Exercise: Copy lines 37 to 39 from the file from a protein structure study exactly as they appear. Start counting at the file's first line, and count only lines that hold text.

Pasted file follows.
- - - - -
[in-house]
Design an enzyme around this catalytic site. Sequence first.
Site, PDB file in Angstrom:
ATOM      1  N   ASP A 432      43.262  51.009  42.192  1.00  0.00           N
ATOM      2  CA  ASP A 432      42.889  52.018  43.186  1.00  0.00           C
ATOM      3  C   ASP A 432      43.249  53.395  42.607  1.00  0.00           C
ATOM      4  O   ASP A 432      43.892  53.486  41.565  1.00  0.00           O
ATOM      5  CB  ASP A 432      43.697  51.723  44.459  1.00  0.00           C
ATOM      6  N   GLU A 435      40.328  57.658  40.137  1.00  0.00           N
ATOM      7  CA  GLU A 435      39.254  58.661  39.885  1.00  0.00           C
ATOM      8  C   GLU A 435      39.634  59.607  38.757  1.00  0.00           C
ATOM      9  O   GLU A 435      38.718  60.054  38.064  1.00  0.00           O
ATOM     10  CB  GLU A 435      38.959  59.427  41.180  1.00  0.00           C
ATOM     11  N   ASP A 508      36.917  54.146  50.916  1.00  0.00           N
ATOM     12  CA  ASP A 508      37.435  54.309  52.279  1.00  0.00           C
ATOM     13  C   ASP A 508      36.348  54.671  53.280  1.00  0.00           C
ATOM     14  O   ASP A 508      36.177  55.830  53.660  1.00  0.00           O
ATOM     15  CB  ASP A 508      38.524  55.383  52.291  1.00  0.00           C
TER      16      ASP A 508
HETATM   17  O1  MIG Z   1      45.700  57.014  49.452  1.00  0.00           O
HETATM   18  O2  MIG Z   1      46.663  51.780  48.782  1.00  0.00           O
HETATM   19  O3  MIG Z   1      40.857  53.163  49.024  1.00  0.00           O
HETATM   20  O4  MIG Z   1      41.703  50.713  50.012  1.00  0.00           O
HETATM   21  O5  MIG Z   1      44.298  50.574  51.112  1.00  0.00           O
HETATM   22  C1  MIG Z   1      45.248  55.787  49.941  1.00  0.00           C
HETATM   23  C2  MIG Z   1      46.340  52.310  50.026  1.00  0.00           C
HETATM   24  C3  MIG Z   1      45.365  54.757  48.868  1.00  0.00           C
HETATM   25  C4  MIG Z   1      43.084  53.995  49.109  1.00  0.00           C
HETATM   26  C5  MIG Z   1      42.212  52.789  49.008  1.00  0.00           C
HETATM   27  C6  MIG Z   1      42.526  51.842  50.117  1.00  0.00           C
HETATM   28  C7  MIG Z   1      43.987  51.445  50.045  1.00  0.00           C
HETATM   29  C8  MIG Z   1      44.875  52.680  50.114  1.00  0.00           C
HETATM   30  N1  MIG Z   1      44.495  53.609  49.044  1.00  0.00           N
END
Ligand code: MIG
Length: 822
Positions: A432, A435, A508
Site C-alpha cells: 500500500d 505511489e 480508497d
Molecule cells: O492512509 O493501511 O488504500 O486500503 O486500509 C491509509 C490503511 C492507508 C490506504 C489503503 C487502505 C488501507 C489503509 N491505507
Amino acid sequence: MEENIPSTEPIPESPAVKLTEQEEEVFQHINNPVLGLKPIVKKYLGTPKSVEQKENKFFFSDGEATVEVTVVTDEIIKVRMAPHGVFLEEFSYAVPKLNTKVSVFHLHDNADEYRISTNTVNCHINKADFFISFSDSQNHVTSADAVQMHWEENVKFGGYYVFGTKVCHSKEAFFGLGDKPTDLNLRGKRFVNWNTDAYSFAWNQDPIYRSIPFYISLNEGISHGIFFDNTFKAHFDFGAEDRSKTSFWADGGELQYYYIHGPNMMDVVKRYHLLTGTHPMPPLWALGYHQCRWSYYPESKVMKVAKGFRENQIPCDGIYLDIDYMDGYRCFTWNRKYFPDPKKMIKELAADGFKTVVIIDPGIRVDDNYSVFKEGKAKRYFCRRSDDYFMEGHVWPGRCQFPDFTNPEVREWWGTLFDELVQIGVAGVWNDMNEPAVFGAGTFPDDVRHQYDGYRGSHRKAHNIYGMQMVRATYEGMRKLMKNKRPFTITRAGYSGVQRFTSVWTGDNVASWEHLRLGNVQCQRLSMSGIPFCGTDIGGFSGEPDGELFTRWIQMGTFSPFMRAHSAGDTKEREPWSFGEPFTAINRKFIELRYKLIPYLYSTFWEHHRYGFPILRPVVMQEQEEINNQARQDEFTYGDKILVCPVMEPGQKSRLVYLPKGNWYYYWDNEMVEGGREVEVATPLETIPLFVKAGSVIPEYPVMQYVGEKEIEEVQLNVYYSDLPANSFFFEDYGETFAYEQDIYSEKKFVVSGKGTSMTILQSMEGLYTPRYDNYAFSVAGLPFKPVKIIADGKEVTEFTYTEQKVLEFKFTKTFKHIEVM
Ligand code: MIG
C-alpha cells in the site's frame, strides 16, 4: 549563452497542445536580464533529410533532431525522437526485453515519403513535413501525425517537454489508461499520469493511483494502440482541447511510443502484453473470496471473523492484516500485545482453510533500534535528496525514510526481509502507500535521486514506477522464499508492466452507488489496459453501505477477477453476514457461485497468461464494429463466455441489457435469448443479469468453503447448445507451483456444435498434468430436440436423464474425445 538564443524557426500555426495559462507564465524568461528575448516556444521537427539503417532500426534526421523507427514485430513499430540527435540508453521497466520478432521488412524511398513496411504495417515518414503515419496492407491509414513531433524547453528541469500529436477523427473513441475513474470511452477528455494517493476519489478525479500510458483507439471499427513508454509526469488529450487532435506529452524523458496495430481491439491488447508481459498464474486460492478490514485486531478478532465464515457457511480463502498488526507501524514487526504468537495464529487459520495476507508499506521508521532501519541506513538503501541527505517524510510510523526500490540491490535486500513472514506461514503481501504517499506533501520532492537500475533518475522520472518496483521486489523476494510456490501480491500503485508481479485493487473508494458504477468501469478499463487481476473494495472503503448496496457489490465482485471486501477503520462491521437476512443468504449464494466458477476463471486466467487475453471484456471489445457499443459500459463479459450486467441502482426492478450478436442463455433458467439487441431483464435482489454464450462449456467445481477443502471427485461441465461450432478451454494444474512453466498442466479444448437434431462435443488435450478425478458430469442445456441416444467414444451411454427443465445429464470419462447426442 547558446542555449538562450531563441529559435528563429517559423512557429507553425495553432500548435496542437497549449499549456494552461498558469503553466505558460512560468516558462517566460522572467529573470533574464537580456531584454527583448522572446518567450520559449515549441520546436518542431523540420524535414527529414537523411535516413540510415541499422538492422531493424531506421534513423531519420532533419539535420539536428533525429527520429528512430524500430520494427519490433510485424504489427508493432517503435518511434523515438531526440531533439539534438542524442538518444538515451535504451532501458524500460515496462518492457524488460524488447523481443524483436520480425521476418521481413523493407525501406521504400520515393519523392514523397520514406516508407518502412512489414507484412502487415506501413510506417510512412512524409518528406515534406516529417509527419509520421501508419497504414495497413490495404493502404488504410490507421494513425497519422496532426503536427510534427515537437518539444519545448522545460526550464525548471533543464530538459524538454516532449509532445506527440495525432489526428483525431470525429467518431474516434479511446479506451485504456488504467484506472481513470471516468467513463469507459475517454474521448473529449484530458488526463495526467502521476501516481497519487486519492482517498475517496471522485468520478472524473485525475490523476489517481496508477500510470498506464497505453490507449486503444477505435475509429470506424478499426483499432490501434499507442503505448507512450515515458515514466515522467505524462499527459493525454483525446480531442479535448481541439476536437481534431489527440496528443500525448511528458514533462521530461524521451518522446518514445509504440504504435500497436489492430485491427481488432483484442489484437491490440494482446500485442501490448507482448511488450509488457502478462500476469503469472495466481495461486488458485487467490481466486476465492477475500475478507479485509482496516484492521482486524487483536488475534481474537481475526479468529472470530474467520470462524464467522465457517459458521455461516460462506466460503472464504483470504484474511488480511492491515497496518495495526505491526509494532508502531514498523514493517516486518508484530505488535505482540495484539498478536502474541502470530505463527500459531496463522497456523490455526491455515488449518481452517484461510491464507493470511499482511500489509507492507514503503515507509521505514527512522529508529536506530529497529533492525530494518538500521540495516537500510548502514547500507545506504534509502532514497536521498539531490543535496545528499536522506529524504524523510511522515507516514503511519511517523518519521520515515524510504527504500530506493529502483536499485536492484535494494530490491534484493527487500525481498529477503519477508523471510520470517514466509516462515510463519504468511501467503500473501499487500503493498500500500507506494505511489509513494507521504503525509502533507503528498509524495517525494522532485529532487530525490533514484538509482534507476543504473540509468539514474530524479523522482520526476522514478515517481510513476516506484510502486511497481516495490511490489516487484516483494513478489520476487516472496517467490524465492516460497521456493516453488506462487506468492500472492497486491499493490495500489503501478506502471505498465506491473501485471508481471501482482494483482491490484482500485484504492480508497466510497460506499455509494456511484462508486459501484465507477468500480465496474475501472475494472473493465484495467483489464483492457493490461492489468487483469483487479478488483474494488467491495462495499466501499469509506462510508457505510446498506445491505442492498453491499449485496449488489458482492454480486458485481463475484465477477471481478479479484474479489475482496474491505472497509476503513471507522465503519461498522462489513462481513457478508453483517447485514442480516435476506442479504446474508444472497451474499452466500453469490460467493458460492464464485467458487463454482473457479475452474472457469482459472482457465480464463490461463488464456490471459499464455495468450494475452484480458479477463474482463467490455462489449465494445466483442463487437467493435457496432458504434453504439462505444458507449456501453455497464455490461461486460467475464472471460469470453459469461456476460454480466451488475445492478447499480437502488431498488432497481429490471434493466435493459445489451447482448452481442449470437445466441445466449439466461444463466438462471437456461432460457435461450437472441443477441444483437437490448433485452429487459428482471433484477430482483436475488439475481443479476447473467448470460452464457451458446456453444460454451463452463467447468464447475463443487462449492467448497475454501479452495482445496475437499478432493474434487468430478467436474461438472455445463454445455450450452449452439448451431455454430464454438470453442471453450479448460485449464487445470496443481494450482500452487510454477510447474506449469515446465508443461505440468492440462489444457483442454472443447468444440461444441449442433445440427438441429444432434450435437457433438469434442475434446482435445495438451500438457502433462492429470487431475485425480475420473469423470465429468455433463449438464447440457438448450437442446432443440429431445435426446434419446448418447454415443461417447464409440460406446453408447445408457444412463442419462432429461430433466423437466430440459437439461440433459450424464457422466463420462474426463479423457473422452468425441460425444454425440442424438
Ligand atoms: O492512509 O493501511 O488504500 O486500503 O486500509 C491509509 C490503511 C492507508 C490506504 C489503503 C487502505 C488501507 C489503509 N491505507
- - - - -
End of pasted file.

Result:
Positions: A432, A435, A508
Site C-alpha cells: 500500500d 505511489e 480508497d
Molecule cells: O492512509 O493501511 O488504500 O486500503 O486500509 C491509509 C490503511 C492507508 C490506504 C489503503 C487502505 C488501507 C489503509 N491505507